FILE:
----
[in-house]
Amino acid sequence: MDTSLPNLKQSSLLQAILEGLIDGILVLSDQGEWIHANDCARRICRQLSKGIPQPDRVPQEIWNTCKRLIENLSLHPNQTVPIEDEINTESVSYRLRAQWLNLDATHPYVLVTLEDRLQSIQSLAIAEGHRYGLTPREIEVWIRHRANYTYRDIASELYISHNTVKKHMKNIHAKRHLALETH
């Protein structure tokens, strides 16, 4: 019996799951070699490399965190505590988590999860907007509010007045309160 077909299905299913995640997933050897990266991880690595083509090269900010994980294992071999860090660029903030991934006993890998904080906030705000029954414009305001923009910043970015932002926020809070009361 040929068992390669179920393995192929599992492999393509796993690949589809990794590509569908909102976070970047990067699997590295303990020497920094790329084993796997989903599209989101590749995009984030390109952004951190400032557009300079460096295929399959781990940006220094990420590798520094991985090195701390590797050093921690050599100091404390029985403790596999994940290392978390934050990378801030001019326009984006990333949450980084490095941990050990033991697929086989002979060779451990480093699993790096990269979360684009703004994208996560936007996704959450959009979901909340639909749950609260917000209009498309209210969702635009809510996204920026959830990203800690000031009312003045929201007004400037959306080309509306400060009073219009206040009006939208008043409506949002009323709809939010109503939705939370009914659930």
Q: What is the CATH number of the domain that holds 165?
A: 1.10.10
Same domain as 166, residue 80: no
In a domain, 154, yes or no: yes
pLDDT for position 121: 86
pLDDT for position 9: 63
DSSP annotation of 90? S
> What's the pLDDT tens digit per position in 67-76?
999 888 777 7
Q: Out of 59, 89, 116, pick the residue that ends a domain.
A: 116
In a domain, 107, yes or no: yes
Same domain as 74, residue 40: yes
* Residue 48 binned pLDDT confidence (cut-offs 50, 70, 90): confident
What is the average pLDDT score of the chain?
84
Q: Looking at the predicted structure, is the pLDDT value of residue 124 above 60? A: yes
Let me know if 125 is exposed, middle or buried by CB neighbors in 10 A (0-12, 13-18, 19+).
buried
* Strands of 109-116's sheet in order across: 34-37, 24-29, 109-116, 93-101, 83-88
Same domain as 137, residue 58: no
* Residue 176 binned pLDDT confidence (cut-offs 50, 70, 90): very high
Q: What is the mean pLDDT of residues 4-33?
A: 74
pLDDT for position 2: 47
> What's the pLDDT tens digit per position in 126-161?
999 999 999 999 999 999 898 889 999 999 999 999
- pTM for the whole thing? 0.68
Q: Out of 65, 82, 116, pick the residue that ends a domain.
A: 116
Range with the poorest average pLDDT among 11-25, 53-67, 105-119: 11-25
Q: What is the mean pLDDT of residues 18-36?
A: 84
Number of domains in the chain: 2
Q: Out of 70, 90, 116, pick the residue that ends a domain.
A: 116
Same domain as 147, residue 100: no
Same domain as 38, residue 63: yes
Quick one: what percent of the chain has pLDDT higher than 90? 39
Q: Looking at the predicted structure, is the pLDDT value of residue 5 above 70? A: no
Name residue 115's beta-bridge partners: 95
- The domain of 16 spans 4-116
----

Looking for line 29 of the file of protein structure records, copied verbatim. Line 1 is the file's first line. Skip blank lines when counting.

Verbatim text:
> What's the pLDDT tens digit per position in 126-161?